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If you would like to find out more about volunteering with the Development and Education Programme for Daughters and Communities Centre in the Greater Mekong Sub-region (DEPDC/GMS), please see the information within the main VOLUNTEER tab and on the drop-down Opportunity tabs.

Visit from GlobalGiving #GivingSummer

This week we have had two lovely visitors all the way from the UK with us here in Mae Sai as well as at the Swimming Home in Mae Chan! Tapiwa and Alice, volunteers from GlobalGiving UK came to meet with our directors and volunteers, have a look at how we run our organization and give us a few pointers on how we could utilize our time and resources to the fullest, as well as working with us to help expand our supporters and donors through global giving.

Global Giving volunteers, Alice and Tapiwa, giving their presentation to DEPDC

Global Giving volunteers, Alice and Tapiwa, giving their presentation to DEPDC

The girls came as part of Global Giving’s ‘giving summer’, a programme where trained volunteers travel to organizations supported by global giving, do a short evaluation and provide information and tools to expand support and donations from the UK.

If you would like to learn more about our projects or to donate and support our efforts here at DEPDC, please click here to donate to our Community Learning Centre, here to donate to our Half Day School in Mae Sai, here to donate to our Swimming Home and Shelter in Mae Chan or here to donate to our lunch programme at Half Day School.

We greatly appreciate all donations to DEPDC, large or small, everything makes a difference.

International Student Volunteers at Mae Sai!

We have been very busy for the past few weeks so thankfully we have had a few groups of International Student Volunteers, or ISV here to help us. For the past two weeks, we have had our fourth group of ISV working with us here in Mae Sai but sadly we say goodbye to them today before they go off on their exciting adventure tour, and we look forward to the arrival of our next group, next month.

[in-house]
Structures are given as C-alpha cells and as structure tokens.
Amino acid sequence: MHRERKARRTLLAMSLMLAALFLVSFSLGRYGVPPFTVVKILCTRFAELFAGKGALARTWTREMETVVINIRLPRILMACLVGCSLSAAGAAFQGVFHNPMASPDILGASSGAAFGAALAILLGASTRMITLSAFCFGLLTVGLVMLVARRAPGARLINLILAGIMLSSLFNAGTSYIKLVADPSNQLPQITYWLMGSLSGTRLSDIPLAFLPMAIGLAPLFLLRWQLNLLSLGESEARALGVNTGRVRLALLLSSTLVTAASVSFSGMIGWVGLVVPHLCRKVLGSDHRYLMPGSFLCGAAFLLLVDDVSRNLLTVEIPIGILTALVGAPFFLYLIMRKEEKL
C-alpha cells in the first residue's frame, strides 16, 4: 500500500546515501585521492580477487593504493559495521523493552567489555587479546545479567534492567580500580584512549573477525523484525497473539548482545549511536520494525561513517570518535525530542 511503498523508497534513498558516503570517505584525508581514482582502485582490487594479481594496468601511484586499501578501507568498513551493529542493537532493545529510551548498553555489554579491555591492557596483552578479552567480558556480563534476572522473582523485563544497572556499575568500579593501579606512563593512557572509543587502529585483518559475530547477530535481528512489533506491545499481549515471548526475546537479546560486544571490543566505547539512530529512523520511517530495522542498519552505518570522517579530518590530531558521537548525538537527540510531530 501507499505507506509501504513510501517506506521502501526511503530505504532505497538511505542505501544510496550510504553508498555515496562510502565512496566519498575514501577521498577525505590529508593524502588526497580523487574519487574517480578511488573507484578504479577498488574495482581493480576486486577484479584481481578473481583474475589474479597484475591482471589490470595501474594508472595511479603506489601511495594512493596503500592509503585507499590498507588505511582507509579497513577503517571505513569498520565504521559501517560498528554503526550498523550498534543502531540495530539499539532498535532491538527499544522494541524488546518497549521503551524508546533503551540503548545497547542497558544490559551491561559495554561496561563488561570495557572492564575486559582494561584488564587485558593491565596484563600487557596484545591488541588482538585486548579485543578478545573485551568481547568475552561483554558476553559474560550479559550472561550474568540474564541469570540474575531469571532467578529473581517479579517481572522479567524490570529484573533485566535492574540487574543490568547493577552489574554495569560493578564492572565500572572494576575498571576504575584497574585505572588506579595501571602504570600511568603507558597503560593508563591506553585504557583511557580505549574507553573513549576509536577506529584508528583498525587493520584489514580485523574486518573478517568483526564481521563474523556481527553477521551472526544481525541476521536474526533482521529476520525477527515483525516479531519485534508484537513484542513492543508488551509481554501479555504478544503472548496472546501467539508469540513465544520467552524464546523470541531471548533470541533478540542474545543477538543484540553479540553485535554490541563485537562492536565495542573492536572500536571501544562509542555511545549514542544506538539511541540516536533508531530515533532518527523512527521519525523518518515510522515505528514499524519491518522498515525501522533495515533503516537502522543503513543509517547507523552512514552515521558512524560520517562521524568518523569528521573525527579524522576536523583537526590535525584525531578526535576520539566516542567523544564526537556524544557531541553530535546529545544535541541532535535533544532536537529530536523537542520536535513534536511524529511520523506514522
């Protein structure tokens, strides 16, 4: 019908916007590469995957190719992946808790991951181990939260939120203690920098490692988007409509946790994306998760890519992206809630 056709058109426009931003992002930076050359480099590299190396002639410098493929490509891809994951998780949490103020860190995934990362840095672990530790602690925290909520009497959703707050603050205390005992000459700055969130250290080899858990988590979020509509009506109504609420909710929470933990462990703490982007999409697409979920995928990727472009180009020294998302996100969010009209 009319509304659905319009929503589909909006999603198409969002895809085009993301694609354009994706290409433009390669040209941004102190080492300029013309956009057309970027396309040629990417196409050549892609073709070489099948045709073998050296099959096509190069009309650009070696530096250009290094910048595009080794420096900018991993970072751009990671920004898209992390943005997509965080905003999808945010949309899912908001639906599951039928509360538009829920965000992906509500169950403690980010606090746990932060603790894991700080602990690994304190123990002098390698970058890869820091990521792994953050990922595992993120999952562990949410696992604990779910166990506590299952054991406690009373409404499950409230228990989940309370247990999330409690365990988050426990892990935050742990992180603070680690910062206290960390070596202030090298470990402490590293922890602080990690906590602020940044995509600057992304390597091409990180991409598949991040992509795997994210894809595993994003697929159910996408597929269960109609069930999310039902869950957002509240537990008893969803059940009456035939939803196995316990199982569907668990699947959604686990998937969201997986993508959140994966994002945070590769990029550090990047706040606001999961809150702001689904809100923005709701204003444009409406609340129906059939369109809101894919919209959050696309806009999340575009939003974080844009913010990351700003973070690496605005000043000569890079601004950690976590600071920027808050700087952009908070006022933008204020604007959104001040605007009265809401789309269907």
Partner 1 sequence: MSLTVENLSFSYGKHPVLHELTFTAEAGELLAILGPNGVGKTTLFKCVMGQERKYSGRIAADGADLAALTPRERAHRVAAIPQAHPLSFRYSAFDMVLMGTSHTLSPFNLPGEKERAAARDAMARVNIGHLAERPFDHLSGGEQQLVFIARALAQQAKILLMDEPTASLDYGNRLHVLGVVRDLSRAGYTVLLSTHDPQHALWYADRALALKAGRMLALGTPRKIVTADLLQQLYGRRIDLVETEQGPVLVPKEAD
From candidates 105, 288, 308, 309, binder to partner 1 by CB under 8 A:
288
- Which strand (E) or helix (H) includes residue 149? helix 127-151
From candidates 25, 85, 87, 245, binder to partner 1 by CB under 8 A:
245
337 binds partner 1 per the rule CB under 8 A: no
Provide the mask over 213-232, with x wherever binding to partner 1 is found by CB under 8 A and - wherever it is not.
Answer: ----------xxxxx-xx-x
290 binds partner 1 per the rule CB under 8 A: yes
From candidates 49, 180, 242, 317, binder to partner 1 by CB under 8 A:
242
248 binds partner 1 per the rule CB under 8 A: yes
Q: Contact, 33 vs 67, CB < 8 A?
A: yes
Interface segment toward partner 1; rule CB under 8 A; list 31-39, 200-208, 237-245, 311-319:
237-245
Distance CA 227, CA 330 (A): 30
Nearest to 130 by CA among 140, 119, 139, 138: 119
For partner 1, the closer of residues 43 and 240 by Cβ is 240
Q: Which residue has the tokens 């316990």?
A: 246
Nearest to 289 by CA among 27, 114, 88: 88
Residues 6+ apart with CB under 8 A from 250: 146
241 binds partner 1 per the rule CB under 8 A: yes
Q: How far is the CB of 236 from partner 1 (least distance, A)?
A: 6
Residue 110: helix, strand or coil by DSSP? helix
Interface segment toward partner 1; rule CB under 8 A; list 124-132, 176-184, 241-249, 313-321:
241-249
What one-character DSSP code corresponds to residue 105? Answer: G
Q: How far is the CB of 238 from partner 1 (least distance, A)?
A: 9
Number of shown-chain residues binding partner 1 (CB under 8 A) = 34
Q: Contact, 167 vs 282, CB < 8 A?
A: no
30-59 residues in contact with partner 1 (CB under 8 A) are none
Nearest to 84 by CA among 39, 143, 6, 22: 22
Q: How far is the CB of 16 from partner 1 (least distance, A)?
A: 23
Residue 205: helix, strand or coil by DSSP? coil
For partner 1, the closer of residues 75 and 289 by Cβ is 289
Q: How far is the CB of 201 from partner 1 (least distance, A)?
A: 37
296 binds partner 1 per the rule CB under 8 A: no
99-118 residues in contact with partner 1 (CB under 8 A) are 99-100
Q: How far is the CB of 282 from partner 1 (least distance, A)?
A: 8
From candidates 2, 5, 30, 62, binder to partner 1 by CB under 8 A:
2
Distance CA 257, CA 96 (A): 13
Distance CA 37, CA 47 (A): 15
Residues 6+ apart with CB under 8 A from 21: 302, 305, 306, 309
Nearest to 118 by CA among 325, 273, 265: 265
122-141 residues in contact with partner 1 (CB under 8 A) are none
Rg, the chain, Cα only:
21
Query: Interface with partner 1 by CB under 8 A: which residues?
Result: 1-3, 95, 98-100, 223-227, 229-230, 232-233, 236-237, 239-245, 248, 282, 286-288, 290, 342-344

The kids say goodbye to ISV

The kids say goodbye to ISV

Since mid-May, we have had groups of ISV, who come in groups of about 15, mainly from Canada and America, and have stayed with us for two weeks at a time, working on building a wall, helping with cooking for the students, making crafts with, and teaching English to our students. While they are here, these volunteers contribute to the much needed maintenance and up keep of DEPDC, as well as providing help and support for the teachers, with the children. Having these volunteers is great for the staff of DEPDC, as it gives us extra staffing, and therefore a greater ability to provide the children with what they need, and give the children, the opportunity for different experiences and creative outlets.

Creative english classes with ISV!

Creative english classes with ISV!

During their time here, some of the groups like to make some traditional ‘American food’ for the kids, our second group found out that one of the iconic staples in an American child’s lunch box ‘PB&J sandwiches’, weren’t quite such a hit with our Thai kids, and the next group found out that their cheesy favorite ‘mac and cheese’, that even the fussiest of children in the States seem to enjoy, doesn’t go down quite so well over here. Our children were quite comical in their efforts to hide their dislike! Watching their reactions was incredibly amusing, and everybody appeared to enjoy the popcorn! This weeks ‘hash browns’ and ‘french toast’ was quite successful and went down a treat with most of the kids!

Student attempting to hide their dislike of the ISV's 'mac & cheese'!

Student attempting to hide their dislike of the ISV’s ‘mac & cheese’!

Harry Feldman, from Georgia Tech in America, has spent the past two weeks with us, very enthusiastically teaching and playing with the kids who have very clearly loved having him here!